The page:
Lehigh Valley groups address the growing childcare crisis

WFMZ / Justin Backover
December 6th, 2022

“It’s scary,” said Betty Druckenmiller, Director for the Volunteers of America Children’s Center in Allentown. She says she’s only at 60% of pre-pandemic enrollment, but simply doesn’t have enough staff.

“We have had to cut hours and we have had to close the classroom, so that’s been heartbreaking in some ways,” Druckenmiller said. “I technically, right now, have four full time vacancies and unlike other programs we’ve been in existence long enough that we do offer full medical benefits, a retirement plan, paid sick, paid leave for other purposes.”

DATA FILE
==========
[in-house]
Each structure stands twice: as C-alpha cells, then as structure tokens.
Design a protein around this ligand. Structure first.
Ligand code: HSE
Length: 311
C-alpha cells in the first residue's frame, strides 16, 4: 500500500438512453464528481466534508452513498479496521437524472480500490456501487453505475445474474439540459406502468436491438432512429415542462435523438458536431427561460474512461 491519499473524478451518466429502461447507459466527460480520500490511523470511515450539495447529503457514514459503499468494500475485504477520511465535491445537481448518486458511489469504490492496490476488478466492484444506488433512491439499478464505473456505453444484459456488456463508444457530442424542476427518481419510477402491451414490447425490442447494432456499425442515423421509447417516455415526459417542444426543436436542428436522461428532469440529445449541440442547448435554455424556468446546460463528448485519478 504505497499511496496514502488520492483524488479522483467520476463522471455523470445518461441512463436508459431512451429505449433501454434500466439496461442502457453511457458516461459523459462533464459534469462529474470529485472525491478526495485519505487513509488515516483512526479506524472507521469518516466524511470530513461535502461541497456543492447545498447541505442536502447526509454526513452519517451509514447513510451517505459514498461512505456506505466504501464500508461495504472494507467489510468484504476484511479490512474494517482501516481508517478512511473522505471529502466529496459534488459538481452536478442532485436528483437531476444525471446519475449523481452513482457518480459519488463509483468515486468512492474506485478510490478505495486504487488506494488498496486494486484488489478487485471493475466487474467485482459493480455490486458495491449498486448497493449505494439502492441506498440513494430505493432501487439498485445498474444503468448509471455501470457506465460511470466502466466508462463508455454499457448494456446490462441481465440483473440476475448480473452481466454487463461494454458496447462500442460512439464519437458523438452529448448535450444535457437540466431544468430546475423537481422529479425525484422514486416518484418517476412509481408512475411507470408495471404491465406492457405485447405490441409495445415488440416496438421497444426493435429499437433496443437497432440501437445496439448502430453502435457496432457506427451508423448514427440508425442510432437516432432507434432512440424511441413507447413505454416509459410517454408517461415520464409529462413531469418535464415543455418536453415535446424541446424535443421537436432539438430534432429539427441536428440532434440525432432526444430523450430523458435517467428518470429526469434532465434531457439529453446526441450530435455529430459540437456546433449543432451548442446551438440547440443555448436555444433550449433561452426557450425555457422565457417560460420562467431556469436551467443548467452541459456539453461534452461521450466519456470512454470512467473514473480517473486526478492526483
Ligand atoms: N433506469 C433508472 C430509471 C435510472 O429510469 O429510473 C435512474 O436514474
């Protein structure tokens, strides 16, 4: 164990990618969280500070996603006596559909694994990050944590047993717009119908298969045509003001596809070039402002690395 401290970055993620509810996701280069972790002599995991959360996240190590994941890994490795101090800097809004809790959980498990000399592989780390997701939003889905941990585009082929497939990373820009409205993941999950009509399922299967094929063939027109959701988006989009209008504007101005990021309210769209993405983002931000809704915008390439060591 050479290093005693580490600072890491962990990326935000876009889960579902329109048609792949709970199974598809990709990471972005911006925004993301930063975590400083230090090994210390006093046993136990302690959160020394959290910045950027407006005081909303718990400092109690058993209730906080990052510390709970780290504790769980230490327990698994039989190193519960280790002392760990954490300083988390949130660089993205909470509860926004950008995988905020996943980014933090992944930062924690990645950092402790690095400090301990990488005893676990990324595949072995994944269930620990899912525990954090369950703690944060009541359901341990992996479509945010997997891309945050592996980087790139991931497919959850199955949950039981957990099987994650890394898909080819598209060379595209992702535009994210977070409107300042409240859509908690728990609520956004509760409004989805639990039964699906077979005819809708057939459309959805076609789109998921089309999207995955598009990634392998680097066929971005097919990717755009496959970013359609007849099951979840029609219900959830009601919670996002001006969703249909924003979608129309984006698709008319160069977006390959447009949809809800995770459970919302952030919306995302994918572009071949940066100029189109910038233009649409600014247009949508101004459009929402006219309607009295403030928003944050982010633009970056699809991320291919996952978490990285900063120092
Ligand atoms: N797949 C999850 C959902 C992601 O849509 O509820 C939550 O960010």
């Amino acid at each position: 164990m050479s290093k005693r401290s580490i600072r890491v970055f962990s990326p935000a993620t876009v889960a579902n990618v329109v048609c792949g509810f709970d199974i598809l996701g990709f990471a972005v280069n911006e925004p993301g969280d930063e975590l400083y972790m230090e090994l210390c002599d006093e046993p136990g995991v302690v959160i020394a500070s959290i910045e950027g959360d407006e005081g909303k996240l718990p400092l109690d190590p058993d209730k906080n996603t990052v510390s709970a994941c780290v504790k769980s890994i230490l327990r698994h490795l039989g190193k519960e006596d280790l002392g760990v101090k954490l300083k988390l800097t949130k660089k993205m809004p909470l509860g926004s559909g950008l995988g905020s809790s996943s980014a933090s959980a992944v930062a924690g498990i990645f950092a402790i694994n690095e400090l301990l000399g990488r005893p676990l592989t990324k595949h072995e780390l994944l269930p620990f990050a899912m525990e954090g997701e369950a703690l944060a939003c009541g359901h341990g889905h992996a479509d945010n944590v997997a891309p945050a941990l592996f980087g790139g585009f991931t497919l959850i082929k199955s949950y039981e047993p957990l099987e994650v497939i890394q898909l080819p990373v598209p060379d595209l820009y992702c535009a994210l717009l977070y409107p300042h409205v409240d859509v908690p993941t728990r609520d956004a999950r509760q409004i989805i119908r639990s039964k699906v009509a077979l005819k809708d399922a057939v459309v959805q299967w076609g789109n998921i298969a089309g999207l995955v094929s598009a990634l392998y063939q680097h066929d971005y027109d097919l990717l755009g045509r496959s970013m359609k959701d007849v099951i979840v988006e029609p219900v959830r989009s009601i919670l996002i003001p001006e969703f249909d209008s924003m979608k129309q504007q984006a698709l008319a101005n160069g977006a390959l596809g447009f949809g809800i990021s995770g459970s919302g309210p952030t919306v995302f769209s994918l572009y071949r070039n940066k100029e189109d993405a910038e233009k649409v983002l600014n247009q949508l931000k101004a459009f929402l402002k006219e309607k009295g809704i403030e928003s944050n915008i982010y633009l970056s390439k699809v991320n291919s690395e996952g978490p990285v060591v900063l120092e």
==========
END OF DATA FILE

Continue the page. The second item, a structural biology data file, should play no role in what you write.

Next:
Statewide, Pennsylvania is short is about 7,000 childcare workers.

Druckenmiller says the biggest issue is pay, with it getting harder and harder to compete for workers in an industry that already struggles to turn a profit: “Many years we don’t quite break-even, but we do have a parent organization to rely on.”

“Now, you could go to McDonald’s or Target and actually make more money than working in childcare and you need no experience,” said YMCA Pre-K Teacher Shandel Sedgwick. She often struggles to find an aid for her room.

The lack of consistency making it more challenging for students already set back by COVID.

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